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Definition of an Undamped SDOF System

If there is no external force applied on the system, , the system will experience free vibration. Motion of the system will be established by an initial disturbance (i.e. initial conditions).

Furthermore, if there is no resistance or damping in the system, , the oscillatory motion will continue forever with a constant amplitude. Such a system is termed undamped and is shown in the following figure,

Time Solution for Undamped SDOF Systems

The equation of motion derived on the introductory page can be simplified to,

with the initial conditions,

This equation of motion is a second order, homogeneous, ordinary differential equation (ODE). If the mass and spring stiffness are constants, the ODE becomes a linear homogeneous ODE with constant coefficients and can be solved by the Characteristic Equation method. The characteristic equation for this problem is,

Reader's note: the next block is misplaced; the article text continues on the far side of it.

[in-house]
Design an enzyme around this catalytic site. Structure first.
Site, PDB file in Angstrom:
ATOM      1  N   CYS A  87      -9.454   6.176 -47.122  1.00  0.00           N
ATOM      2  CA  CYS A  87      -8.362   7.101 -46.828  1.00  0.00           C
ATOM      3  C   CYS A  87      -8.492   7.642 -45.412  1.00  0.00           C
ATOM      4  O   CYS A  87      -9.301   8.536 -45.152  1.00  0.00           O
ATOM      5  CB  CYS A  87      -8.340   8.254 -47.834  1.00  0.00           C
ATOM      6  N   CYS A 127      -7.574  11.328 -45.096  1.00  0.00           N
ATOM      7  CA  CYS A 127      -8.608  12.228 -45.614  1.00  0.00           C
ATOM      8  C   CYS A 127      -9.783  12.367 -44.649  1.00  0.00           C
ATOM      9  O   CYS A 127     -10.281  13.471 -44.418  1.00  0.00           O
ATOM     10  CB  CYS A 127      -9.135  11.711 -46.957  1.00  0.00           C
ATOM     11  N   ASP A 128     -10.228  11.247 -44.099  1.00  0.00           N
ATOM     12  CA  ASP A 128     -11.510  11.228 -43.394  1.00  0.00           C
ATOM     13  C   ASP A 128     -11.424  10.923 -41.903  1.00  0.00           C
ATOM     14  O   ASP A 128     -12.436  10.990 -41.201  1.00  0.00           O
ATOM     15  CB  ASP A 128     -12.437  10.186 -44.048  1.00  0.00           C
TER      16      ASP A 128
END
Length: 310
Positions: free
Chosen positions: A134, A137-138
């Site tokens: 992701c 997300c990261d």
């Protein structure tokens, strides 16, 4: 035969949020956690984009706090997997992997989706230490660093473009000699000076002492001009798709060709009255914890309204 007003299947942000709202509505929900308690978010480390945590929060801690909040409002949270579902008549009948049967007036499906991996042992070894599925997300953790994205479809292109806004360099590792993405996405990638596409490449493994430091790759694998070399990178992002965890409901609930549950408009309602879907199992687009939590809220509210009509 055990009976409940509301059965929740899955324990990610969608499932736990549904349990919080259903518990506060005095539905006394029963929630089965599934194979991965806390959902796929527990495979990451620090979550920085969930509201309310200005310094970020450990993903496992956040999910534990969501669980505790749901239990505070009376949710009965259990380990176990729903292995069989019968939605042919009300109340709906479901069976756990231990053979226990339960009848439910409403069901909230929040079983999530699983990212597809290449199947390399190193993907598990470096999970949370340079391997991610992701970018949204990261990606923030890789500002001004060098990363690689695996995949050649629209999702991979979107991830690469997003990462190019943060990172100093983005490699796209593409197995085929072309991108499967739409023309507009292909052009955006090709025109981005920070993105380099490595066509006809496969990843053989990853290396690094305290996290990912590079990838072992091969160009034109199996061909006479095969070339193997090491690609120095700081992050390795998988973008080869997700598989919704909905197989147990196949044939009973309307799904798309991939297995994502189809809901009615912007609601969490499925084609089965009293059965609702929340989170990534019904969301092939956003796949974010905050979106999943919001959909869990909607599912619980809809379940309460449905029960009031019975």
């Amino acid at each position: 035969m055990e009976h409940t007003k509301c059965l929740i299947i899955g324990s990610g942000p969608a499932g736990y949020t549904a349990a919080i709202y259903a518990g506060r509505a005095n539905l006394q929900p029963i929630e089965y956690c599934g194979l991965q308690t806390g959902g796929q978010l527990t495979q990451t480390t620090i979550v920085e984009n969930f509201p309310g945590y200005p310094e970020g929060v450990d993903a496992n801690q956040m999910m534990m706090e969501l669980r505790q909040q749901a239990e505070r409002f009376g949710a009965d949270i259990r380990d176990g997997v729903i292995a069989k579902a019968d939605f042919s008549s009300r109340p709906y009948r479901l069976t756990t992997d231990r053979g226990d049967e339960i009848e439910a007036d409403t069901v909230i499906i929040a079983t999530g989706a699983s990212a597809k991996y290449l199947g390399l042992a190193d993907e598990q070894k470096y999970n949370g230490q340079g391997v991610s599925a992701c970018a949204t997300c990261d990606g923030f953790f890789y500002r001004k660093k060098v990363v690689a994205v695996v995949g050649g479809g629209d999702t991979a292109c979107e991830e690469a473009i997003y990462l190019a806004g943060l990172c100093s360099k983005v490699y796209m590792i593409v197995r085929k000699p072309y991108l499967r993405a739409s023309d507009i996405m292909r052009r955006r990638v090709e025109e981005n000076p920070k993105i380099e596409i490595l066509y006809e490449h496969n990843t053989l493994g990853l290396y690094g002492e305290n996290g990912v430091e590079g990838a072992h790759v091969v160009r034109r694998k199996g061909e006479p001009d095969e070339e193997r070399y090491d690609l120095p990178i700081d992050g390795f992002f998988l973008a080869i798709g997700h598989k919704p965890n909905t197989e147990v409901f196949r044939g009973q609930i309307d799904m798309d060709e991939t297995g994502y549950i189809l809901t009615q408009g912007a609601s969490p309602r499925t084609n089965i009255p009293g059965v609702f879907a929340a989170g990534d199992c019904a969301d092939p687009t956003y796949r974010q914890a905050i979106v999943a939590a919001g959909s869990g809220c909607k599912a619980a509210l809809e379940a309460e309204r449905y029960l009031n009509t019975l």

which determines the 2 independent roots for the undamped vibration problem. The final solution (that contains the 2 independent roots from the characteristic equation and satisfies the initial conditions) is,

The natural frequency wn is defined by,

and depends only on the system mass and the spring stiffness (i.e. any damping will not change the natural frequency of a system).

Alternatively, the solution may be expressed by the equivalent form,

where the amplitude A0 and initial phase f0 are given by,

To obtain the time solution of any free SDOF system (undamped or not), use the SDOF Calculator.

Sample Time Behavior

The displacement plot of an undamped system would appear as,

Please note that an assumption of zero damping is typically not accurate. In reality, there almost always exists some resistance in vibratory systems. This resistance will damp the vibration and dissipate energy; the oscillatory motion caused by the initial disturbance will eventually be reduced to zero.